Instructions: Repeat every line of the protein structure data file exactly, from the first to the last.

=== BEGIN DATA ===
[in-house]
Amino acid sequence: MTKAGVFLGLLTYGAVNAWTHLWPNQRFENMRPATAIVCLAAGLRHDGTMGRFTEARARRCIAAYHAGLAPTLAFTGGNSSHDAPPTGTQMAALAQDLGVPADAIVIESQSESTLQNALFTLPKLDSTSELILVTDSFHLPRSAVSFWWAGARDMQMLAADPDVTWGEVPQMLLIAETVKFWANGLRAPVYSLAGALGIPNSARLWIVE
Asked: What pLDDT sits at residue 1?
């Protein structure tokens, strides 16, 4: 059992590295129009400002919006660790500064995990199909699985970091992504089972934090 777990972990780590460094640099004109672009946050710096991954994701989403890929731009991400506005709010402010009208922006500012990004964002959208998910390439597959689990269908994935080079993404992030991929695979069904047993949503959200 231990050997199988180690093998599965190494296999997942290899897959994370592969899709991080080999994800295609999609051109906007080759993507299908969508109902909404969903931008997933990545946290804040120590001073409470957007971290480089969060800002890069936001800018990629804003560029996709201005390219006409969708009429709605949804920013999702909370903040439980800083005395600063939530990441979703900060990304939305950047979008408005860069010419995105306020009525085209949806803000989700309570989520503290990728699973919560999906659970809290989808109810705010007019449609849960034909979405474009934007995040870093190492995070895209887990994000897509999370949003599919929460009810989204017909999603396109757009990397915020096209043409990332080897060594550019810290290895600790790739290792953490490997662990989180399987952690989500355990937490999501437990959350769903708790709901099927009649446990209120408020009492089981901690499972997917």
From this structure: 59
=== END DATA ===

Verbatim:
[in-house]
Amino acid sequence: MTKAGVFLGLLTYGAVNAWTHLWPNQRFENMRPATAIVCLAAGLRHDGTMGRFTEARARRCIAAYHAGLAPTLAFTGGNSSHDAPPTGTQMAALAQDLGVPADAIVIESQSESTLQNALFTLPKLDSTSELILVTDSFHLPRSAVSFWWAGARDMQMLAADPDVTWGEVPQMLLIAETVKFWANGLRAPVYSLAGALGIPNSARLWIVE
Asked: What pLDDT sits at residue 1?
């Protein structure tokens, strides 16, 4: 059992590295129009400002919006660790500064995990199909699985970091992504089972934090 777990972990780590460094640099004109672009946050710096991954994701989403890929731009991400506005709010402010009208922006500012990004964002959208998910390439597959689990269908994935080079993404992030991929695979069904047993949503959200 231990050997199988180690093998599965190494296999997942290899897959994370592969899709991080080999994800295609999609051109906007080759993507299908969508109902909404969903931008997933990545946290804040120590001073409470957007971290480089969060800002890069936001800018990629804003560029996709201005390219006409969708009429709605949804920013999702909370903040439980800083005395600063939530990441979703900060990304939305950047979008408005860069010419995105306020009525085209949806803000989700309570989520503290990728699973919560999906659970809290989808109810705010007019449609849960034909979405474009934007995040870093190492995070895209887990994000897509999370949003599919929460009810989204017909999603396109757009990397915020096209043409990332080897060594550019810290290895600790790739290792953490490997662990989180399987952690989500355990937490999501437990959350769903708790709901099927009649446990209120408020009492089981901690499972997917």
From this structure: 59